Well, howdy there. We’re in the last 2 months of the year. And while some people are busy firing up the holiday music and stringing up the tinsel and lights, we shouldn’t forget about all the important things that go on in November.

For starters, it’s Diabetes Awareness Month, Men’s Health Awareness Month, and My Birthday Awareness Month. OK, that last one is not actually a real thing or relevant to The Download. But we will talk about the other two items, along with a COVID variant of note and some other stuff. Don’t worry — you don’t have to cover your eyes.

November is all about diabetes awareness. And this year is particularly important because 2021 marks the 100-year anniversary of the discovery of insulin. If you’ve ever wondered how all that went down, here’s the scoop.

Dr. Frederick Banting had a light-bulb moment in the wee hours of the morning in 1920 and wrote down a hypothesis that eventually led to insulin’s discovery the next year. (His co-discoverer is Dr. Charles Best.) So if you’re ever jolted awake in the middle of the night with what appears to be a good idea, get it on paper. You just never know, folks.

November 14th is World Diabetes Day. The date marks Banting’s birthday. He seems like he was a cool fella because he once said, “Insulin does not belong to me, it belongs to the world.” But, as we know, that’s not how it all went down with the three major pharmaceutical companies that produce insulin. Insulin prices are sky-high.

That’s T1International’s theme right now. The 100-year-anniversary milestone for insulin truly is a reminder to advocate. And here’s why. The following stats are estimates based on a global T1International survey of nearly 1,500 respondents with type 1 diabetes (T1D). (People who have T1D need insulin to stay alive and healthy.)

  • Nearly 1 in 5 respondents globally say they ration their insulin because they can’t afford it.
  • Nearly 1 in 4 respondents in the United States say they ration their insulin because they can’t afford it.

This month is also Men’s Health Awareness Month, so I’m listing all the doc appointments, vaccines, and screenings you should be getting based on your age, whether you’re 24 or 42.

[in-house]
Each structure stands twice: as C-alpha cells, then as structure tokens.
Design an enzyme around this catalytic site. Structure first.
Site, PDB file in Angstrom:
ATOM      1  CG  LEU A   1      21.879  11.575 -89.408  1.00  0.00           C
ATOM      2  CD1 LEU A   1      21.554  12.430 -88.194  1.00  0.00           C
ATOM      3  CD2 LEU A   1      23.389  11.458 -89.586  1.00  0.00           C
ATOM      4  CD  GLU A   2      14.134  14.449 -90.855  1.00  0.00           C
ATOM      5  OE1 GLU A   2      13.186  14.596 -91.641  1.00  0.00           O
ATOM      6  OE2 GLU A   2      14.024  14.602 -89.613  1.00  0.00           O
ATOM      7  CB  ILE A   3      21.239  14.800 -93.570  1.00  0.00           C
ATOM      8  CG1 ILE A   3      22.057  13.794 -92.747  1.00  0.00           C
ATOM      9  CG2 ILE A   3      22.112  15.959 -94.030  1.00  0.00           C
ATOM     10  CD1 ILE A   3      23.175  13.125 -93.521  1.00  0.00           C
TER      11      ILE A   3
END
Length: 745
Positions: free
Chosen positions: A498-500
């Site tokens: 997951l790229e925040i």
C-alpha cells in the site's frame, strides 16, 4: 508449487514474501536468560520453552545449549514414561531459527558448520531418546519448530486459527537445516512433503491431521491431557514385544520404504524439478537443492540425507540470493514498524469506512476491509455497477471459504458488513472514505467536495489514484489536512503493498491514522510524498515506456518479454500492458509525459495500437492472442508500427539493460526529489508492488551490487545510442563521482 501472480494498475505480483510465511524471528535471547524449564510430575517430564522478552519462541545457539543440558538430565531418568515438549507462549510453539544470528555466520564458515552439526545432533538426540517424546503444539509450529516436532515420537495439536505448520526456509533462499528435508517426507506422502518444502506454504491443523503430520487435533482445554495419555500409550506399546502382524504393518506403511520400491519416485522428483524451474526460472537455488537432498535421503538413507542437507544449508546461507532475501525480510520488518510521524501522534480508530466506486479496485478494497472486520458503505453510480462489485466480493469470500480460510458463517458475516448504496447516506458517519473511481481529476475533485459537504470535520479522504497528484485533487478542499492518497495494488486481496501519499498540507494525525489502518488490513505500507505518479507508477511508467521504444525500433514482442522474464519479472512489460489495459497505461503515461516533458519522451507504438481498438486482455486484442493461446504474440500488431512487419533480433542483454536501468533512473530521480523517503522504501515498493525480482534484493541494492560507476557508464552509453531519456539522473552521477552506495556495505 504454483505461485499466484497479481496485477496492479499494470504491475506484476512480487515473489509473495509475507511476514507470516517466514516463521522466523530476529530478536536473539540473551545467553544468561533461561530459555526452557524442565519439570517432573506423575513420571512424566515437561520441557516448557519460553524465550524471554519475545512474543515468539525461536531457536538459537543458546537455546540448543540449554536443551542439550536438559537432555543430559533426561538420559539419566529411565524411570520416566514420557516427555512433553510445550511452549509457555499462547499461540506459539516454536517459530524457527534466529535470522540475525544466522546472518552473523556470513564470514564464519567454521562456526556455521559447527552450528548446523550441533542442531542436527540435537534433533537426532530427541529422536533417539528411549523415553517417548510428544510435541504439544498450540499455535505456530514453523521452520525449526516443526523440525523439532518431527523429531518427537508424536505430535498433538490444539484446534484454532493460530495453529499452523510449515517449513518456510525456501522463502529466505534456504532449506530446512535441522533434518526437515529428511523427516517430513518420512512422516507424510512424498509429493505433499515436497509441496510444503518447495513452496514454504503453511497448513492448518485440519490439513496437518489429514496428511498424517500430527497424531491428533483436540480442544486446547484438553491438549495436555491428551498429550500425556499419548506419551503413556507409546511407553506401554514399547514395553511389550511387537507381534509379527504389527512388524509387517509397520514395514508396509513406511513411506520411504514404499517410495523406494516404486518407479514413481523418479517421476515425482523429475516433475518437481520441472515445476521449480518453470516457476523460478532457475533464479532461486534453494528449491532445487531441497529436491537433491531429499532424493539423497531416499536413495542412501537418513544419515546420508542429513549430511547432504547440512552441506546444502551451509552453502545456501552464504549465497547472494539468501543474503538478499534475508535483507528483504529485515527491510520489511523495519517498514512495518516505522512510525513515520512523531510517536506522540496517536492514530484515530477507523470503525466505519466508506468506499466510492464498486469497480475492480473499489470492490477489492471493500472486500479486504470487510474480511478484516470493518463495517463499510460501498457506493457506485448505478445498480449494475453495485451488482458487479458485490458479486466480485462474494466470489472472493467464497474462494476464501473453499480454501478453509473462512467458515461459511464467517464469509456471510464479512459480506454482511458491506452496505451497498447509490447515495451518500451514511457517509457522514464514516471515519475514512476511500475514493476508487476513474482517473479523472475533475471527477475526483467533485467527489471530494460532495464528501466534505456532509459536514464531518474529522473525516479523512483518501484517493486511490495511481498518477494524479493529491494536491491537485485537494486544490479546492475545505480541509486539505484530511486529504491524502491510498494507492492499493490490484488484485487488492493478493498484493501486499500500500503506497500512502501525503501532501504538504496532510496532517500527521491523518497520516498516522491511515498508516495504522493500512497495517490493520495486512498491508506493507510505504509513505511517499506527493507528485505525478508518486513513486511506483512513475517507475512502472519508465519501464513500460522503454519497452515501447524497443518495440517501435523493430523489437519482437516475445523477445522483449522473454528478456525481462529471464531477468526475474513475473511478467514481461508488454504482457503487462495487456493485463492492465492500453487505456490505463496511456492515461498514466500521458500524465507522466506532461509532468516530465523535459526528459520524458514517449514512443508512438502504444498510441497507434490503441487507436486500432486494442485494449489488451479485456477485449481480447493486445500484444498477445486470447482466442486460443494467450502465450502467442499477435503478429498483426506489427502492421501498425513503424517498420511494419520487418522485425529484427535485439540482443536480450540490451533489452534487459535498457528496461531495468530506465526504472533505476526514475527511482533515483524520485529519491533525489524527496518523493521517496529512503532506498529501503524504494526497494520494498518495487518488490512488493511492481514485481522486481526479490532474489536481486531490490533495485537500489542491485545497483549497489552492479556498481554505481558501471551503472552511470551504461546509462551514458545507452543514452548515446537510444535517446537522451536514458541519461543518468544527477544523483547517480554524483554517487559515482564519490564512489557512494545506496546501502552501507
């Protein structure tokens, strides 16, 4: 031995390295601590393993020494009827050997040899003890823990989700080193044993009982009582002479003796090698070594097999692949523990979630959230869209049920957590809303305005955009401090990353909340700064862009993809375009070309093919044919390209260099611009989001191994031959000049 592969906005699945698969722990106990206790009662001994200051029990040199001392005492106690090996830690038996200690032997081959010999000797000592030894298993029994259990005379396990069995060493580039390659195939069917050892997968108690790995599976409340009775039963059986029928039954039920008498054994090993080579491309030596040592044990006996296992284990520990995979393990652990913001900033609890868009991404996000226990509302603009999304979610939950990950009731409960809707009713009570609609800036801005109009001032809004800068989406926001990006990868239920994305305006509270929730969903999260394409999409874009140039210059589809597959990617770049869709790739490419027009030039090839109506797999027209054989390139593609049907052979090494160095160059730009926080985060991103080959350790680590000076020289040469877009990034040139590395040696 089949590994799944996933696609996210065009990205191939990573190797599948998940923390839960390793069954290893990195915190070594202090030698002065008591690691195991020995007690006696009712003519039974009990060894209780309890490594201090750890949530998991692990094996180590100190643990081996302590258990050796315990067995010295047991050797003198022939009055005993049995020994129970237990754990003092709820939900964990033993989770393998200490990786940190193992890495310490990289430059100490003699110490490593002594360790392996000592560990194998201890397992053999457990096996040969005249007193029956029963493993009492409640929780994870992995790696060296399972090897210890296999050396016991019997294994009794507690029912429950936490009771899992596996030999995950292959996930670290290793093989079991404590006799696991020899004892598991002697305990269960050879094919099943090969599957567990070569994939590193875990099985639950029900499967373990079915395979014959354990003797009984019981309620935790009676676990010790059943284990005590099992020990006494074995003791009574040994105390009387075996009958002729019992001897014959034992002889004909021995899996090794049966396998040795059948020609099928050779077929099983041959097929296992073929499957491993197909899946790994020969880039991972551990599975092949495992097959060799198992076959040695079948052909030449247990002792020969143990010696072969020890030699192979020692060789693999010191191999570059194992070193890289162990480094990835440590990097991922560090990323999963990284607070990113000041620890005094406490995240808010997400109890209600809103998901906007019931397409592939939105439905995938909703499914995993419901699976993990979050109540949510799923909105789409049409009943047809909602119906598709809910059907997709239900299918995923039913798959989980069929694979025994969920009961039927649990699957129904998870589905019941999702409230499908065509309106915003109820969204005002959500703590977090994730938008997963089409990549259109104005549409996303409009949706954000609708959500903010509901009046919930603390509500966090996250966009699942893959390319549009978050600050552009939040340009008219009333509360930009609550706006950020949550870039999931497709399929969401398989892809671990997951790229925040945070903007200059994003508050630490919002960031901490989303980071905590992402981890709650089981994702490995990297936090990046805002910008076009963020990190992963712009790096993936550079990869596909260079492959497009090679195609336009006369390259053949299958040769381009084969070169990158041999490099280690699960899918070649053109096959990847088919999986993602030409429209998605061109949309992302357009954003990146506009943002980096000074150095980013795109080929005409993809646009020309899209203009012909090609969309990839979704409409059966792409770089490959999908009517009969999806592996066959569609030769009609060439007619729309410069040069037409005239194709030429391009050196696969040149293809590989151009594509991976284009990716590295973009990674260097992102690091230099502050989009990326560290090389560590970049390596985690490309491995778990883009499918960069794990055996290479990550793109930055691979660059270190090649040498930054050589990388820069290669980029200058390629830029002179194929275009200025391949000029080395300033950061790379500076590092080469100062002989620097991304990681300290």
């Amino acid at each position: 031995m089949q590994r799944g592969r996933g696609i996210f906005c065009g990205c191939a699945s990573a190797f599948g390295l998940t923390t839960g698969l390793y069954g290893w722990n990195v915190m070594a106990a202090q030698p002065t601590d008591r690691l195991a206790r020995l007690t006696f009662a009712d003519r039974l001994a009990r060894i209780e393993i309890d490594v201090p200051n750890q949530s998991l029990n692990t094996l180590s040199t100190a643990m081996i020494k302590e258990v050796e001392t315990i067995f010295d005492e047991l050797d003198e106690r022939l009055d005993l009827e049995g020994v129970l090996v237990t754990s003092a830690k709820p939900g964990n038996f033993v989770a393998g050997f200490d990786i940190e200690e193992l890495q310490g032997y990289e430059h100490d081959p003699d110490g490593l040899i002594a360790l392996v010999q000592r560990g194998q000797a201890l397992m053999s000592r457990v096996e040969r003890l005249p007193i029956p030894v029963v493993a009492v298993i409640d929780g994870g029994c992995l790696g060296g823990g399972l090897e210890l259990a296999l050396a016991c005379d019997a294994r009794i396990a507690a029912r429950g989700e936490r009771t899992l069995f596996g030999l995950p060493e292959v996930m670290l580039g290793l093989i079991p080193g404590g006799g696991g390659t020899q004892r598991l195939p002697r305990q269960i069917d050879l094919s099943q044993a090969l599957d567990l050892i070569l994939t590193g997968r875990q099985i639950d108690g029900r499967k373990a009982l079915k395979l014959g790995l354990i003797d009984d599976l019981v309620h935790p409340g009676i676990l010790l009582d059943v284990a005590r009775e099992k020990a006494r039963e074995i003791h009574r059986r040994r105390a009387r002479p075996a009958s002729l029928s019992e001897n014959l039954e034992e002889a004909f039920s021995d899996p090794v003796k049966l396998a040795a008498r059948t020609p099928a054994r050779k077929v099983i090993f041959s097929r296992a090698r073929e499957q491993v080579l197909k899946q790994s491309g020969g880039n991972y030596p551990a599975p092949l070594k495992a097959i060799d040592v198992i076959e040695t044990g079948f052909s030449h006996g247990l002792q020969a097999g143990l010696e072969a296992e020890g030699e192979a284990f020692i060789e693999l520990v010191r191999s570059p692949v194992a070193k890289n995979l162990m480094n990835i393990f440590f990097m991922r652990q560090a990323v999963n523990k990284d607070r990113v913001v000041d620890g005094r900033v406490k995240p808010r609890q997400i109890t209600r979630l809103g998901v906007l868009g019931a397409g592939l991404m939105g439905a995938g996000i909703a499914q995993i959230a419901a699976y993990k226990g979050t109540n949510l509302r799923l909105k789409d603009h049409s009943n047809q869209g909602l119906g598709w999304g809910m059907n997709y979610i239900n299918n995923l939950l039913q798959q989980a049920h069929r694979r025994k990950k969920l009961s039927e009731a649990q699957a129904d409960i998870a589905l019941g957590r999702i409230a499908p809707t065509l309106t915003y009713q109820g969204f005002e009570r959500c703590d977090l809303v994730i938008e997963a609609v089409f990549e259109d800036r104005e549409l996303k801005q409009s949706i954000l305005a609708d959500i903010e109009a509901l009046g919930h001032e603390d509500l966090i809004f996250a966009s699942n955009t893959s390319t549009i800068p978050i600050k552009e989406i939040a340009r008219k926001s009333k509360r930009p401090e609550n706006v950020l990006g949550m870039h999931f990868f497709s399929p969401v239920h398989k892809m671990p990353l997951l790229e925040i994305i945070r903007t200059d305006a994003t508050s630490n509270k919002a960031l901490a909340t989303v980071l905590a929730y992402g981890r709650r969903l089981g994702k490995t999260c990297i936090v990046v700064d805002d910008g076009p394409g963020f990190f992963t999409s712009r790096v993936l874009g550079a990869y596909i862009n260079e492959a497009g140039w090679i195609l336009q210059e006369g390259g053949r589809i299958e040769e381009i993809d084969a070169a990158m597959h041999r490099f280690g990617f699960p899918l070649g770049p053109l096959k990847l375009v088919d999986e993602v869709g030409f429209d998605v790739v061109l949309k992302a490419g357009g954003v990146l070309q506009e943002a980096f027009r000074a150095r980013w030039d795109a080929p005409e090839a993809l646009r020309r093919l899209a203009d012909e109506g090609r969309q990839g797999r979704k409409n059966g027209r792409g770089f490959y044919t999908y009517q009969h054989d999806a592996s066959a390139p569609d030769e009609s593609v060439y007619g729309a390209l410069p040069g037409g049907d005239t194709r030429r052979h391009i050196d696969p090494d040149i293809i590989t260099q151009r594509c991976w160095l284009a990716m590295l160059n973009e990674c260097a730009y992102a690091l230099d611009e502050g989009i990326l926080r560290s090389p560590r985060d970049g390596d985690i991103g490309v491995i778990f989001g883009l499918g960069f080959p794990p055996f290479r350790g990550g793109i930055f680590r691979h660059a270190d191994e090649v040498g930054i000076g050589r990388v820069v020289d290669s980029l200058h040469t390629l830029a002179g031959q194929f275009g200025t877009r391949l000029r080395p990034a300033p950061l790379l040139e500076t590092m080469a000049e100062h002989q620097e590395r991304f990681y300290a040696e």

It sounds like an airline seat upgrade, but I’m talking about the SARS-CoV-2 variant known as AY.4.2, which is a Delta offshoot. You may have heard of it but have been covering your eyes when you see the headlines. Well, you can remove your hands from your face. There’s nothing to be alarmed about at this time.

This variant has gained some traction in the U.K., where it now accounts for 10 percent of sequenced samples. And although it’s been found in nine states and Washington, D.C., AY.4.2 accounts for less than 1 percent of cases in the United States.

Researchers don’t yet know what impact the variant will have in the U.S. or whether it will have an impact at all. In other words, remain calm but vigilant.

Autumn also marks deer hunting season in many parts of the country. What does this have to do with the pandemic? I’m glad you asked. Well, a study, which has not yet been peer-reviewed, looked at white-tailed deer in Iowa and found that people gave them COVID-19.

The researchers sampled lymph nodes from 283 deer (some free-living, others in captivity) from September 2020 to January 2021. They found that one-third of the deer tested positive for traces of SARS-CoV-2, the virus that causes COVID-19. The study suggests that humans gave COVID-19 to the deer and then the deer also transmitted it among their fellow deer.

The U.S. Department of Agriculture (USDA), which has conducted wildlife-related COVID-19 studies, says there is no evidence that deer are playing a significant role in spreading the virus to humans.

The USDA also says there’s no evidence that people can get COVID-19 from preparing or eating venison, if that’s your game (pun intended). The agency lists safety precautions for game handling and prep in case you need any friendly reminders.

In my humble opinion, November is also a fab month to get outdoors, whether you’re leaf-peeping (sorry, just wanted to use that term), hiking, or cold-weather camping. And that is why I leave you with our guide (in partnership with our sister site Lonely Planet) to doing just that!

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